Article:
6. Cult Of Personality
Even a Punk detractor has to admit that he has pretty good taste in music. As much as I enjoy Killswitch Engage and other melodic metalcore bands (Shadows Fall makes great workout music), it’s hard to beat the sick riffs of funk metal at its finest, and Living Colour personifies that style to a T.
While some modern WWE themes stand out from the pack (Bobby Roode comes to mind), we’re not exactly in the golden age of entrance music any more. Maybe that’s just the crusty old fan in me, but when Punk first sauntered out to “Cult of Personality” on Raw seven years ago, it lent even more of a star quality to the company’s most head-turning talent of the day. It’s hard for the CFO$ Loop Machine to replicate that feel.
Part of the reason that the “Pipe Bomb” and other caustic Punk speeches hit their mark was because of the painful truths in his words. What made Punk himself the avatar of the audience is that so many fans that watched over the years could relate – they’ve wanted to cut those same promos themselves.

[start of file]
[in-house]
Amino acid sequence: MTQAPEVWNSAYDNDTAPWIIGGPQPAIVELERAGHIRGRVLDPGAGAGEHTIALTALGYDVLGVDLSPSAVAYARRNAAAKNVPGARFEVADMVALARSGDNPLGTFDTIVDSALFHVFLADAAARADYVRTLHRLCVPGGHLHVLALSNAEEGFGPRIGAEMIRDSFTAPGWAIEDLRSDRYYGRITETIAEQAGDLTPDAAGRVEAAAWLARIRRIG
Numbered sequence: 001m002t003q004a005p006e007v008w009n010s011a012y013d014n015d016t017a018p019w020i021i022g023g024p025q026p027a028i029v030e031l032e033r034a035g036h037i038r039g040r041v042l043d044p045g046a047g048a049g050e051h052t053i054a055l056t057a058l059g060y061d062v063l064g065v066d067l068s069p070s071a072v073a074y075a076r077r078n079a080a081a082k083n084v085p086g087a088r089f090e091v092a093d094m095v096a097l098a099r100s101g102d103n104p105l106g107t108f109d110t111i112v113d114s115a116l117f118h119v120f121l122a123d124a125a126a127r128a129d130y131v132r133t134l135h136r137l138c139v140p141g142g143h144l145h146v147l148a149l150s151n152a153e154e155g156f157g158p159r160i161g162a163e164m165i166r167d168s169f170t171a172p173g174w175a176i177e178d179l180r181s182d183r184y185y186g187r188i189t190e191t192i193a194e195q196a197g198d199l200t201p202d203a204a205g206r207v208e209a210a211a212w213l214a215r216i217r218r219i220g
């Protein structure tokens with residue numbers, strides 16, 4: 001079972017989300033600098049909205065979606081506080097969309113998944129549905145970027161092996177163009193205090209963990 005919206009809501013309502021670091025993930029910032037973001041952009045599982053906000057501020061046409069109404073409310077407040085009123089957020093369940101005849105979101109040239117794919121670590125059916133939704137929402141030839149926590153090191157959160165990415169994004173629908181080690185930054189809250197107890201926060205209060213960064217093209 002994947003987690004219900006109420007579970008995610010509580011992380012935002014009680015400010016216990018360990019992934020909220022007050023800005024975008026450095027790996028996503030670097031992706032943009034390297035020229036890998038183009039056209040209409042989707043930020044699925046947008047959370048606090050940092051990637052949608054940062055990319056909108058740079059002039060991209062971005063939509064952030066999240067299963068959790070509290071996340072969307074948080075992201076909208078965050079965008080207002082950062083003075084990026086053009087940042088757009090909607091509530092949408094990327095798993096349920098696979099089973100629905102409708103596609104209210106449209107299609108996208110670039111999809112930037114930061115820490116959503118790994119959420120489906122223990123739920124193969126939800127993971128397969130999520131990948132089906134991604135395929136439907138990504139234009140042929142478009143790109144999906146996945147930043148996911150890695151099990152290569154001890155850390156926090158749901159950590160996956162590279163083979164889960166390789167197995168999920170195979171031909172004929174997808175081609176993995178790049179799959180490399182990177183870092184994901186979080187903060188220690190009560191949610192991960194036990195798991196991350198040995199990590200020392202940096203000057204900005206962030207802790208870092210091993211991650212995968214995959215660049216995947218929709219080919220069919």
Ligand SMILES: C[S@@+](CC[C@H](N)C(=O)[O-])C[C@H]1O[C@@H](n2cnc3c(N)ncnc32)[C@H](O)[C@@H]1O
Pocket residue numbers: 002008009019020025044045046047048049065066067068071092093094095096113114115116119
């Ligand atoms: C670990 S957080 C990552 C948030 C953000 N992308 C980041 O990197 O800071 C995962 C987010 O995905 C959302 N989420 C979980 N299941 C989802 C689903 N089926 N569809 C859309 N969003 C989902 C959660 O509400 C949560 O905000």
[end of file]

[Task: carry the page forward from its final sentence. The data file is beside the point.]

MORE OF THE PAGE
It was easy to relate to Punk because he saw the flaws that the common fan saw. Punk himself has at times come off as a regular guy who loves his baseball and hockey, his comic books, and his punk rock. He’s laid himself bare in his words that are oftentimes spoken from his heart. It was easier to see him as an underdog than, say, a certain ex-Shield member that is portrayed as underprivileged and held down, while receiving countless opportunities over the last four years. Kid Rock may not be all that well-liked among wrestling fans, but he was right when he said, “When it’s real, you’ll feel it.”
In truth, the idea of CM Punk existing on the tightly-scripted WWE plane felt like dropping an incompatible species into the wrong habitat. For someone that speaks their mind as much as Punk does, he presented a very real (and welcome) danger to WWE broadcasts, as indicated in prior examples like the “Pipe Bomb” and his riff-tastic commentary stint.
In this decade, very few wrestlers have ever brought that element of precariousness to WWE programming. Punk, along with the likes of The Rock and Paul Heyman, have ever elicited the feeling of, “Uh oh, he’s got the mic; what’s he going to say?” When the diet otherwise consists of rote dialogue that gets edited, re-edited, and hashed out by performers that are supposed to believe in what they’re saying, someone like Punk was the ideal contrast to that kind of artificial presentation.